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Tranen, Oslo
Tranen, Oslo.
Photo: Tranen

“The classic Norwegian perception of ‘kos’ with a hot fireplace and good food and drink can definitely be related to the long winter”, says Arve Uglum, a celebrated host of one of Norway’s most popular TV-documentaries, about people who live in remote, scenic places.

“That kind of ‘kos’ once meant safety and survival in an existence when our ancestors couldn’t take peace of mind for granted during long, cold and dark winters”, he adds.

Arve Uglum
Arve Uglum.
Photo: Christian Blom

My own perception of ‘kos’ extends in all directions”, he continues. “The nicest thing I can imagine is reading to my youngest daughter before she goes to sleep. Then I know that she is warm, safe, and happy, and so I am. But ‘kos’ for me can also be a poker night with friends, a television series on the couch with my girlfriend, or skiing in the mountains.”

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Anja Stang
Anja Stang.
Photo: Anja Stang
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“In the summertime, this ‘kos’ culture is converted into the typical Norwegian bright summer nights with island hopping, friends and cool music, or a trip to the mountains and a cabin with a grassy roof and a grazing goat to trim it. I could go on forever”, Anja laughs.

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This even applies to her native ski resort Sogndal Skisenter, “where people are friendly, the slopes are varied and fun, and where you never have to queue”.

Helene Olafsen
Helene Olafsen.
Photo: Berre Media

Helene also perceives hiking, in both winter and summer, as relaxing “kos”.

“I really think of hiking in the mountains as ‘kos’, but also in the forests around Sogndal where I grew up. It reminds me of my childhood when my family often spent weekends here.”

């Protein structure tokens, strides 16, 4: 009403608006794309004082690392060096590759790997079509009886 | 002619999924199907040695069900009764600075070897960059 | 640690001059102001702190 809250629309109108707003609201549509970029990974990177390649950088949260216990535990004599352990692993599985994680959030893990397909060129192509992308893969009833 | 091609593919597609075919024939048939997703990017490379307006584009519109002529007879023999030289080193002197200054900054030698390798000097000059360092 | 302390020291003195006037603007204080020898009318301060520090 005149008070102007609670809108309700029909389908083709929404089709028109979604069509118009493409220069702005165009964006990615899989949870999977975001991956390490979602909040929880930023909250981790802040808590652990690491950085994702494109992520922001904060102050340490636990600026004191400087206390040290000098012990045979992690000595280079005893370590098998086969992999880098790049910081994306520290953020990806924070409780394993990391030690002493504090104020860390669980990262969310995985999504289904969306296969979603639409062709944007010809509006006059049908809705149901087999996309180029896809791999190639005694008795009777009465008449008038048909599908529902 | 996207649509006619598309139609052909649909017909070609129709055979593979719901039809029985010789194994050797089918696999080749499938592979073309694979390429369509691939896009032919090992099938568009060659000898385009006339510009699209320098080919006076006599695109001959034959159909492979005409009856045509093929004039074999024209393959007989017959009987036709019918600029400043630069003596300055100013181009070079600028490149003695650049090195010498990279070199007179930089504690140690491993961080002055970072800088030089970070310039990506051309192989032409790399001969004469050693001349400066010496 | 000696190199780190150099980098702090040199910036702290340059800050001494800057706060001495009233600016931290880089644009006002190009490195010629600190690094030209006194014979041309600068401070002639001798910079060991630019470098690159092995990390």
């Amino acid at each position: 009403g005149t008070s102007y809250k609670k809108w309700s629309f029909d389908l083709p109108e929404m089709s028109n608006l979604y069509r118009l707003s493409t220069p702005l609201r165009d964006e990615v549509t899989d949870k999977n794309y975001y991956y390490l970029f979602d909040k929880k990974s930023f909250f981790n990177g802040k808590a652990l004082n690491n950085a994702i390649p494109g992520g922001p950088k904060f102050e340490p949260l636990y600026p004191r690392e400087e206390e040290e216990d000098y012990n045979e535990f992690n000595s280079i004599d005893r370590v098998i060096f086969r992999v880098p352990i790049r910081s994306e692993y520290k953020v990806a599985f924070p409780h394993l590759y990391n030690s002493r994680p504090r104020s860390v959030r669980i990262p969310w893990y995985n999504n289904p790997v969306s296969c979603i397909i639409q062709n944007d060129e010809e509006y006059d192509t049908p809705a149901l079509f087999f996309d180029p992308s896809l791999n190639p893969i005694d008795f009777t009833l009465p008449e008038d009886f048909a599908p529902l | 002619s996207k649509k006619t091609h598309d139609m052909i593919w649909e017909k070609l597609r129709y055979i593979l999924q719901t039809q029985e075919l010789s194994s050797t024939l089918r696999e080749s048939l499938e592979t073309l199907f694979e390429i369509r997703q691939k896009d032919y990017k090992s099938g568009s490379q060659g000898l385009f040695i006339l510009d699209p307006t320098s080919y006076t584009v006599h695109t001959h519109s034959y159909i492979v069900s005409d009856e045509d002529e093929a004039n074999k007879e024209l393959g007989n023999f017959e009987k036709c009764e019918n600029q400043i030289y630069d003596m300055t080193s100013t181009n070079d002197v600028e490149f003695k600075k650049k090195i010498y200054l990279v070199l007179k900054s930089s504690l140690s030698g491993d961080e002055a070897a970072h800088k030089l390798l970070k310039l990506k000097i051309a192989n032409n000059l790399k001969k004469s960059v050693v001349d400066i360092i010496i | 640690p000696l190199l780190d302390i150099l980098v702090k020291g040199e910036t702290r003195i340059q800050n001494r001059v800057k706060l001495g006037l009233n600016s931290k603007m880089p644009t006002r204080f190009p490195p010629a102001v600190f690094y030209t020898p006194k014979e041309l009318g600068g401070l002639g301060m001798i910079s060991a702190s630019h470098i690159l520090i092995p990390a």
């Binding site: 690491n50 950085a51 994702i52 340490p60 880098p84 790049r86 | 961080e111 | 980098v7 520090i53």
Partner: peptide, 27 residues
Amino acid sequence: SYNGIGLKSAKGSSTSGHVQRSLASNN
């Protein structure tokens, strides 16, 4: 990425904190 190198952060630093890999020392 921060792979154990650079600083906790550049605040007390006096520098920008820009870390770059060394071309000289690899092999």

Some six hours east of Fjord Norway, she finds loads of inner peace, quiet and “kos” whilst strolling down the pedestrian paths along the river Akerselva in the very middle of the capital of Oslo. Her riverside hiking is a relaxed way to move effortlessly between meetings and assignments like hosting shows and galas for Norwegian television.

As a break from snowboarding, she likes to go skating on a lake or in a skating rink. “Skating is definitely ‘kos’, because it’s literally easy-going.”

The importance of “kos” in the Norwegian way of living is elevated to an unseen level with the country’s special fondness for music and food festivals.

Crowd listening to a concert at the OverOslo festival
OverOslo Festival.
Photo: Gunnar Kopperud / Fotografgunnarkopperud.no
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“The festivals now work hard to appeal to an environmentally conscious audience. The same festivals also offer good and varied food, often with locally produced ingredients prepared on site. And with culinary experiences under the open sky, it is understandable that many people choose to spend their holiday at such festivals”, Katrine Sviland says.

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Ice Music Festival, Geilo
Ice Music Festival, Geilo.
Photo: Emile Holba
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“Because we Norwegians already flock to the mountains to go hiking or skiing, and each year we set a new record for how many nights we spend in the many self-service cabins of The Norwegian Trekking Association (DNT)”, Camilla Bjørn explains. She is editor-in-chief at NRK P3, the Norwegian Broadcasting Corporation’s youth-oriented radio channel).

“We are increasingly many who look for the simple and scenic. ‘Kos’ is about fellowship, gathering together, and sharing experiences”, she adds.

No surprise, then, that one of Norway’s most popular TV-series is still the one that can be translated into ‘Where no one would believe that someone could live’. All over Norway, the whole year round, from the bigger cities to the inner parts of the fjords and valleys, “kos” remains king.

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